made easy:

Upon this subject of co-operation of parents in supporting the school, too much cannot be said. It is a serious, solemn duty. We have been so much accustomed in arguing in favor of a system of public instruction, to address ourselves to mere motives of interest, by holding out to parents that a good education would tend to the worldly advancement of their children, and that it would save the pockets of the people so many dollars and cents now paid for the conviction and pun. ishment of crime, that we have overlooked the question of duty.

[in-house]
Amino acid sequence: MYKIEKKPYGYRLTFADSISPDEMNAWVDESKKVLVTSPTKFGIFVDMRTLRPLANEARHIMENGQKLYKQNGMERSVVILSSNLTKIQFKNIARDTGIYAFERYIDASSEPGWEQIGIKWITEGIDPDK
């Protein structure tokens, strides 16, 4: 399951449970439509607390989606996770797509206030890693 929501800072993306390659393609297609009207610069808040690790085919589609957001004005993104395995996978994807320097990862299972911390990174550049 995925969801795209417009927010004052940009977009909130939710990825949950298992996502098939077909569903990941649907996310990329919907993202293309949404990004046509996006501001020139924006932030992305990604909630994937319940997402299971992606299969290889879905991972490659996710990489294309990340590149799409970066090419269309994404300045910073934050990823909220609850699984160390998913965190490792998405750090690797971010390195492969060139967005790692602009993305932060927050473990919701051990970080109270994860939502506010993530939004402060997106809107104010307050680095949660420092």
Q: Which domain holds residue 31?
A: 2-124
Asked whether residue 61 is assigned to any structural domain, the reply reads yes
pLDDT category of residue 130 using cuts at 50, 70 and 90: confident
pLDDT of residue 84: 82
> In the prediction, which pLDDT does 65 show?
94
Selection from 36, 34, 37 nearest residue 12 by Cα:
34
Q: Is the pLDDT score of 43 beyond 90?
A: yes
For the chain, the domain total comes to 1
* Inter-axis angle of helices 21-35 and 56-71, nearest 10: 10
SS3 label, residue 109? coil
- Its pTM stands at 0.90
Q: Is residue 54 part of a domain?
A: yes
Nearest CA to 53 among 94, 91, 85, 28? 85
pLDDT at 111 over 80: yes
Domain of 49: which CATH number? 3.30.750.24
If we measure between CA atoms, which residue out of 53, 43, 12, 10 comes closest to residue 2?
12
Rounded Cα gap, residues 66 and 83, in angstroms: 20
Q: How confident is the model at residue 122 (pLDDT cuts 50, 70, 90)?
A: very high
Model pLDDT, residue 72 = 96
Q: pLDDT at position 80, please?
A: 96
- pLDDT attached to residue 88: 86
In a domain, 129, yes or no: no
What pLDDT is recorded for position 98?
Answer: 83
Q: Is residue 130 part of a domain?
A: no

So much has been done within a few years past towards establishing systems of education in all the States, and such is the disposition every where manifested to look to the State for the education of the child, that some of the best friends of education in the Union have considered the tendency a dangerous one. God has established the parental relation ; he has placed upon the parent the responsibility for the bringing up of the child in the way it should go: but they too easily fall in with the fashion of the day, which is to throw upon the State all care, all responsibility, not only for the secular education, but for the moral training of the child. But granting that there is this tendency and this danger, it is one from which the old system or no-system was not free; should meet and counteract it by the most strenuous and ever continuing efforts; the teacher in the school and the teacher in the pulpit, and the friends of education everywhere, should constantly inculcate the duty of the parent to educate the STUDIES AND OBJECT OF EDUCATION.